• with the forehead resting on a prop or on the ground, it can be very soothing and grounding for the nervous system

People seem to either love or hate pigeon pose, but I think that with proper support, we can all enjoy this hip opener. And there are lots of variations to choose from!

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TRADITIONAL VARIATION

Come onto your hands and knees (tabletop position). Bend your left knee and slide it up between your hands so that your left foot is in front of your right hip. Extend the right leg behind you and sink into your hips. Keep the hips even. If you notice that you're falling over to the left side, try one of the following modifications. You can stay upright, or you can deepen the stretch by walking the hands forward. Rest your forehead on top of your forearms (or use props). If you start to notice that your breath is restricted, this can be a sign that you've gone too deep into the pose. You may need to back up and try one of the modification options. This is the time to "play your edge." Finding the space in the pose where you're experiencing sensation and challenge, but you can still breathe comfortably. Hold this pose for ten deep breaths, then practice on the opposite side. Keep in mind that it is normal for one side to feel different than the other, so you may need to add props to one side when the other doesn't need any props. Listen to your body!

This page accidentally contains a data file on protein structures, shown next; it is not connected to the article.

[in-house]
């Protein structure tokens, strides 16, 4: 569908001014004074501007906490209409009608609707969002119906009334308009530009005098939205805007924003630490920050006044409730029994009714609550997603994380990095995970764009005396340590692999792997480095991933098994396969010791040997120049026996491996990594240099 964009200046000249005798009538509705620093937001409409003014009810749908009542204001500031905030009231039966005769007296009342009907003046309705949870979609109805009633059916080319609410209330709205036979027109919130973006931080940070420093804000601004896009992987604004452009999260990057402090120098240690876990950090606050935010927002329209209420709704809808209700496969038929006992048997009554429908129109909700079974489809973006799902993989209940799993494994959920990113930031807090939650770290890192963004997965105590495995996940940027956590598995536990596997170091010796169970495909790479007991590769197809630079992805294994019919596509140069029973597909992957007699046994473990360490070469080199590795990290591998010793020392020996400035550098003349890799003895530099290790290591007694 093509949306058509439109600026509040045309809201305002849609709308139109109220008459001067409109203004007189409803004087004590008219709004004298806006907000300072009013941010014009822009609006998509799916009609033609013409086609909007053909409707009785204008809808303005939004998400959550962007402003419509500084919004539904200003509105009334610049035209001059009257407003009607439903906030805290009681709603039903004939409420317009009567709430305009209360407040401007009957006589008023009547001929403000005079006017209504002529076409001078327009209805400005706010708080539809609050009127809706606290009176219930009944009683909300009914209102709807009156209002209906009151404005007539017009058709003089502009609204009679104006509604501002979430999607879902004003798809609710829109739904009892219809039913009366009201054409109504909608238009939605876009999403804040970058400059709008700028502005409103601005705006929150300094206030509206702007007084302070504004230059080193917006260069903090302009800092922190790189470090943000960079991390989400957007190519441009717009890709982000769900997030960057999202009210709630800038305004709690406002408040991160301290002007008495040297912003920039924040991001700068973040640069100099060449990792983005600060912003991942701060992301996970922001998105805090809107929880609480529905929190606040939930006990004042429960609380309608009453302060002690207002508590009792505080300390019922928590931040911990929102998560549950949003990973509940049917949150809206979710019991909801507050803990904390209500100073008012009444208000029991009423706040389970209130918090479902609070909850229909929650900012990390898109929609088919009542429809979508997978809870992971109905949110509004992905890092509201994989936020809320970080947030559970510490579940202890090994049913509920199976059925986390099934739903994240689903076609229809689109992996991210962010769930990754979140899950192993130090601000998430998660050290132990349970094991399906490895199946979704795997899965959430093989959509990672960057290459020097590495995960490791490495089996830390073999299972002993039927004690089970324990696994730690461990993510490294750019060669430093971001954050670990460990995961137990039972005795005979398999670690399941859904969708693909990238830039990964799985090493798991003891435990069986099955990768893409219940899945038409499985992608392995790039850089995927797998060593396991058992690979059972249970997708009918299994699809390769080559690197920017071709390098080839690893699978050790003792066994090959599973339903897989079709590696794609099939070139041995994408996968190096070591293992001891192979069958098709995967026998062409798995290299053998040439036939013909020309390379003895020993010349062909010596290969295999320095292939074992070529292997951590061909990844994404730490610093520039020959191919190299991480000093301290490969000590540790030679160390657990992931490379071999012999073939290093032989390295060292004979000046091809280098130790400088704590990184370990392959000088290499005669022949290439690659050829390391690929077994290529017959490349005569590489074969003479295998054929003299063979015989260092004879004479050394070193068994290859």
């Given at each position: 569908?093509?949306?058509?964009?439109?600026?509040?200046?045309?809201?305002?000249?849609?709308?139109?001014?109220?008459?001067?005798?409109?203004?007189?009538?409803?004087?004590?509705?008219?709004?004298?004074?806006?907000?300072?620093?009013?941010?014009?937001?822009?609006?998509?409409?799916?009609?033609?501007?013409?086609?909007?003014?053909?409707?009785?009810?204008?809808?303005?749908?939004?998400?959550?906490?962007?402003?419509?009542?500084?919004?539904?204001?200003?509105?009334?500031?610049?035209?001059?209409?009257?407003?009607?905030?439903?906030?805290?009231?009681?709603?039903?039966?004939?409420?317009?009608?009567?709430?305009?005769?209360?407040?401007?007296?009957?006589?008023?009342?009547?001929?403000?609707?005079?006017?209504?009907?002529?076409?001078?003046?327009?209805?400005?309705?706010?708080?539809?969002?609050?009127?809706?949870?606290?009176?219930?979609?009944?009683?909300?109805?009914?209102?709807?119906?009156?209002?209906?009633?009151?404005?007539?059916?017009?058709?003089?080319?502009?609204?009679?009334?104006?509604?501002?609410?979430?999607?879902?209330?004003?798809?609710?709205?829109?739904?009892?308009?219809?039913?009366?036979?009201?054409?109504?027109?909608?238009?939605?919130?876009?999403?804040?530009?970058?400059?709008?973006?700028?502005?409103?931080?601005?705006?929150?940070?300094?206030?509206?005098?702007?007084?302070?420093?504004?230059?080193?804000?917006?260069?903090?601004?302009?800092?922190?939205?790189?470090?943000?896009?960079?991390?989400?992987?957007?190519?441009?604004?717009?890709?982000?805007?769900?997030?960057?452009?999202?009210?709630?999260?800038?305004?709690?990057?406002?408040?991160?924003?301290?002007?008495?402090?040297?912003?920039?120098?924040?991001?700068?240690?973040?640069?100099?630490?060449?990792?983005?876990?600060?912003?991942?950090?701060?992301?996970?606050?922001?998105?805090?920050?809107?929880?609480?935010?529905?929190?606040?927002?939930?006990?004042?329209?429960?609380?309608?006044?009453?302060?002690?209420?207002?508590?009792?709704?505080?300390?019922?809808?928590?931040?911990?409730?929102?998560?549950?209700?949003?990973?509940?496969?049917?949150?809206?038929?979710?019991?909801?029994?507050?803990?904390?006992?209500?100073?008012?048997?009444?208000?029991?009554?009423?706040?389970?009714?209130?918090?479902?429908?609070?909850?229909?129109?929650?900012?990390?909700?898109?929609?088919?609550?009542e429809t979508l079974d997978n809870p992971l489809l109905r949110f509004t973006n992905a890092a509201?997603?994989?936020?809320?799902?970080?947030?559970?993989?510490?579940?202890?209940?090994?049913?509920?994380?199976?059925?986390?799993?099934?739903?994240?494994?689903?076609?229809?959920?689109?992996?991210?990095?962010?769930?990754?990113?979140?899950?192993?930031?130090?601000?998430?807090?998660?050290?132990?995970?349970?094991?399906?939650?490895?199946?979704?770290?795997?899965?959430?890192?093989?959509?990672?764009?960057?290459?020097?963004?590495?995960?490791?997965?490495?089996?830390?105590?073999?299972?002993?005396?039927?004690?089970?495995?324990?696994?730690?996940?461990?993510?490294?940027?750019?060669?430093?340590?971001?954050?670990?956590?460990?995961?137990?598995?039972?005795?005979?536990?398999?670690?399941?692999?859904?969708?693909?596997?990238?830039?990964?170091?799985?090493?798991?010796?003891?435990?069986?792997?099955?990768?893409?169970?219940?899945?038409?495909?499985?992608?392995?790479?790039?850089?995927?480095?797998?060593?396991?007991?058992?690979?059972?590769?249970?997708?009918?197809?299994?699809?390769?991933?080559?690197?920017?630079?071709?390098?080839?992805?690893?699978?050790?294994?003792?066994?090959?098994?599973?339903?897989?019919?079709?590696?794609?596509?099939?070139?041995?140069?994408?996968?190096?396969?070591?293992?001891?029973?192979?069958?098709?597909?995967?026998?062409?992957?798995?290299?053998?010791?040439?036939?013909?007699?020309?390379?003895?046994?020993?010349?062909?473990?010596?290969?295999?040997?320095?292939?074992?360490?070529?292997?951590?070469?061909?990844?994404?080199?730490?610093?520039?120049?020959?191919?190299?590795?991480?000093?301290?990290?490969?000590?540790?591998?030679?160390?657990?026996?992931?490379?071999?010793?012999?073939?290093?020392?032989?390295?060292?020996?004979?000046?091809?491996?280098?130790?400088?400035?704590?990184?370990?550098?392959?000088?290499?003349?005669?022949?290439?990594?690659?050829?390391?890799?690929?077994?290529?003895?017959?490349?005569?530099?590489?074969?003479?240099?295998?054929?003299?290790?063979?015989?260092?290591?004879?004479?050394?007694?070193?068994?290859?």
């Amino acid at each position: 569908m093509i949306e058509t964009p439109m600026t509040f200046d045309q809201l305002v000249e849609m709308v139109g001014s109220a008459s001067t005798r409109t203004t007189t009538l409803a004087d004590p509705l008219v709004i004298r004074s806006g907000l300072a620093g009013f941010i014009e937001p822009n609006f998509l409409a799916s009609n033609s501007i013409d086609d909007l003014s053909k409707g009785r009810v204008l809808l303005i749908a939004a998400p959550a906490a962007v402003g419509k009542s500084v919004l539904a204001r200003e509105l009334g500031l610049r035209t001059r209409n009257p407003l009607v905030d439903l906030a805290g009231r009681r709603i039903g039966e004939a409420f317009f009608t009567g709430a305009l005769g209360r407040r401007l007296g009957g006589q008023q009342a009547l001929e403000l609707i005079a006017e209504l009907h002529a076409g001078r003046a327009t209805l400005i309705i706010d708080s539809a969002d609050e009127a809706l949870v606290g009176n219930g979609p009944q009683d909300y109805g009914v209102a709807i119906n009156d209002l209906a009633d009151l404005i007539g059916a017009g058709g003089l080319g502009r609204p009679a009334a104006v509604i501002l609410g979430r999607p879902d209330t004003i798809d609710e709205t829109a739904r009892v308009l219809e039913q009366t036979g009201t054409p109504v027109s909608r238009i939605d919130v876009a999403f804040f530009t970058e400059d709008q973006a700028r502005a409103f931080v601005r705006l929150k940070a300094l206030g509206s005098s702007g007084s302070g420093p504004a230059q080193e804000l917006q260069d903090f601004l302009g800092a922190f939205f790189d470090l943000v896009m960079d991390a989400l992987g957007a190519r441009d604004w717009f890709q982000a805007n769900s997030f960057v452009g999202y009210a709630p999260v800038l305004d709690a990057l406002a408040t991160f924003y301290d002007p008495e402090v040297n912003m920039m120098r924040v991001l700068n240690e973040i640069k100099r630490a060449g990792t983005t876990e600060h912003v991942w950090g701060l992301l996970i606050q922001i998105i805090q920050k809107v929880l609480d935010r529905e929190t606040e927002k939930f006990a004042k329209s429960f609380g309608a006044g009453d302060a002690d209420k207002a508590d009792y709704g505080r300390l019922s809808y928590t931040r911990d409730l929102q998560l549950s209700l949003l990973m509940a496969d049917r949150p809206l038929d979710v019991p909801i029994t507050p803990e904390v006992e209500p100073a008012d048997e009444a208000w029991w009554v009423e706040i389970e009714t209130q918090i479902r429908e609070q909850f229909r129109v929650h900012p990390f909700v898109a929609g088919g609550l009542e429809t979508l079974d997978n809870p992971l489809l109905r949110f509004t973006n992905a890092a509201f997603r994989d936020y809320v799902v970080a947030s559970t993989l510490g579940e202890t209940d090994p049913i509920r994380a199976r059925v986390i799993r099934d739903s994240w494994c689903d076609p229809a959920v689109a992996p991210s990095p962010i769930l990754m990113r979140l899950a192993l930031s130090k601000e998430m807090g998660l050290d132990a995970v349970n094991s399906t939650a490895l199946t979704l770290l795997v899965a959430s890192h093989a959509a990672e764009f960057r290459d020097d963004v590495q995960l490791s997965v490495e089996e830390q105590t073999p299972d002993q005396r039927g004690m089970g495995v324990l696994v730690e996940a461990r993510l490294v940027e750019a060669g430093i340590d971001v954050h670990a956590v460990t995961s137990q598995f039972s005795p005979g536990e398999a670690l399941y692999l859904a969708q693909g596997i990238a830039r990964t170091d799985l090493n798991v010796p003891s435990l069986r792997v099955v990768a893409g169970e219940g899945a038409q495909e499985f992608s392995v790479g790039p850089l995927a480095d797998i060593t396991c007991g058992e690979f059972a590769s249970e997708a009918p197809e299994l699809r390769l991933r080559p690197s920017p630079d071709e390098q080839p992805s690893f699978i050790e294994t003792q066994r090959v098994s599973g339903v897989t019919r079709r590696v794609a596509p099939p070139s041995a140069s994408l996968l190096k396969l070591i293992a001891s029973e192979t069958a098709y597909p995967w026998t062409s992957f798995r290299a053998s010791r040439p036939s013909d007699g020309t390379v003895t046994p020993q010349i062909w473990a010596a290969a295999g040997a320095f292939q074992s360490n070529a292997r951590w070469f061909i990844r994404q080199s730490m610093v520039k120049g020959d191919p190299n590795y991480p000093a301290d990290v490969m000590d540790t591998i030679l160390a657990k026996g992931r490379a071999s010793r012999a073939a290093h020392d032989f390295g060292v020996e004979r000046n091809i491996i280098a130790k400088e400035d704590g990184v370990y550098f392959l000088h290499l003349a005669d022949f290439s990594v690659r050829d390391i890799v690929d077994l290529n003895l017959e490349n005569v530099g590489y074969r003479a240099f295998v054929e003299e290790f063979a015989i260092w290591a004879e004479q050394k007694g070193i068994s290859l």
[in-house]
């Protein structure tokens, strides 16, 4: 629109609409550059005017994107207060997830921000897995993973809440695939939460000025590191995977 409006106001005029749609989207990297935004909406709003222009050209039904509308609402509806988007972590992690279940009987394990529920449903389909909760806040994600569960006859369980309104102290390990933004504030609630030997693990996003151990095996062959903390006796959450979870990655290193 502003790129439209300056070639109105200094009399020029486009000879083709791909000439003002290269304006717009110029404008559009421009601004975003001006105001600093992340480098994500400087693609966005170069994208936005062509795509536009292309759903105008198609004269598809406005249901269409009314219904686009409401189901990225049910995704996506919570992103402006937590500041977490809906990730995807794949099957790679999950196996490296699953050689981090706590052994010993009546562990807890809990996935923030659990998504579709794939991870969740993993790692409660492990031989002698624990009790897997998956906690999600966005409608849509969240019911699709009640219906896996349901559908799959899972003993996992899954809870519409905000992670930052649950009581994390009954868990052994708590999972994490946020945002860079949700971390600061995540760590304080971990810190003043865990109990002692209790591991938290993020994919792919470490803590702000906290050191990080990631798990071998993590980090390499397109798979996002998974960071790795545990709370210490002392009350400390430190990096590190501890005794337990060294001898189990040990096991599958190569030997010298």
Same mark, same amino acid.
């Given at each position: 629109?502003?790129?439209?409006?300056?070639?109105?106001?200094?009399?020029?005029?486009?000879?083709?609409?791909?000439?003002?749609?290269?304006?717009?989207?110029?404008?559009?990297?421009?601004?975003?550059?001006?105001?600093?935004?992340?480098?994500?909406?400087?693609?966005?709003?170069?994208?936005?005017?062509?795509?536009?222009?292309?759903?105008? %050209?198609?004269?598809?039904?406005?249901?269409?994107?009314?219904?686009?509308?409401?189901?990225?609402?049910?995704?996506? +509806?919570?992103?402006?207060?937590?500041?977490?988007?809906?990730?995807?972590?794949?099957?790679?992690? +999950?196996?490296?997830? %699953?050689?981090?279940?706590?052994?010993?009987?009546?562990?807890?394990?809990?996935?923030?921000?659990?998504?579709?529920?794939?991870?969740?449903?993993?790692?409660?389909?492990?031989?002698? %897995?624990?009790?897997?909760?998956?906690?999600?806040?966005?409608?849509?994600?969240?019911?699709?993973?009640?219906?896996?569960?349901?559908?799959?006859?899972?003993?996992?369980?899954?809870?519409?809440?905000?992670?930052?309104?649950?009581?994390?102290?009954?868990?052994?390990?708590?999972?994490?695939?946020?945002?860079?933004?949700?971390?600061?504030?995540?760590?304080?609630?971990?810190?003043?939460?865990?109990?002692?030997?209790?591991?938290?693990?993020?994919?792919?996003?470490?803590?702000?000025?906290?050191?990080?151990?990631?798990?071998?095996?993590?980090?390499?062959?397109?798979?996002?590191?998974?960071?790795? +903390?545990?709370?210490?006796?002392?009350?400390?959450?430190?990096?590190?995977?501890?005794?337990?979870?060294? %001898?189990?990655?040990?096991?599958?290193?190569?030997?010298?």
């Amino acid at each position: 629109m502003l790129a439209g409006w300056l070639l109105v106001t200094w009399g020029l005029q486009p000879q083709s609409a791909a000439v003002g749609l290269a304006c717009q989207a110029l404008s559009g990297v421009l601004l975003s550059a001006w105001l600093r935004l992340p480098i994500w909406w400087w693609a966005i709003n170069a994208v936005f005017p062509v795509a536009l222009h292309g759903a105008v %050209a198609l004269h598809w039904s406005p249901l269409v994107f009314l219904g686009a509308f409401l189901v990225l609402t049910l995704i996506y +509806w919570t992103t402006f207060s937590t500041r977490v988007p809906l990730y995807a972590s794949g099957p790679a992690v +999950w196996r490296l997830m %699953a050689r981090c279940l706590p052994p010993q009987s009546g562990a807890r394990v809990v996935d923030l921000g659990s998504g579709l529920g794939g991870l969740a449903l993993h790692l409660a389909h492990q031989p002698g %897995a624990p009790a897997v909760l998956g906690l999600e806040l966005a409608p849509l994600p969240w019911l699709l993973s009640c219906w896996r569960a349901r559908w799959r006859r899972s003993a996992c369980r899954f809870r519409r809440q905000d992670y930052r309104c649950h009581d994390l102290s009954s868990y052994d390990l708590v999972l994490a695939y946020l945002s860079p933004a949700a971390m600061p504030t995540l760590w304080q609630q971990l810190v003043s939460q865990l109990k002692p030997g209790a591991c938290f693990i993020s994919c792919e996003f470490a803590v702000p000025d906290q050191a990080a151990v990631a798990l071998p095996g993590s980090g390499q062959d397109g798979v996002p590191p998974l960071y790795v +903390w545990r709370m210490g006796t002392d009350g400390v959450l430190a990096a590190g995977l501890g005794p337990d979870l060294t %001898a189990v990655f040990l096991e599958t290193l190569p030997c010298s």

A NOTE ON KNEE PAIN:

The front knee can easily become aggravated in this pose when the hip doesn’t want to externally rotate open enough to accommodate the bend in the knee.  This can happen simply because of the way a person’s hip joint is structured and isn’t necessarily a sign of inflexibility nor is it a sign that you should keep pushing. If you’re experiencing knee discomfort, please consider modifying this pose with props or trying one of the alternative poses. You’ll get the same benefits while keeping your knees happy.

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ADDING PROPS: Blanket or block under the hip of the bent leg

A common problem in pigeon pose is falling over toward one side. It's important to keep the hips even so that we're protecting the lower back in the stretch. To help you keep your hips square, you can add a block or a folded blanket under the hip of the bent leg.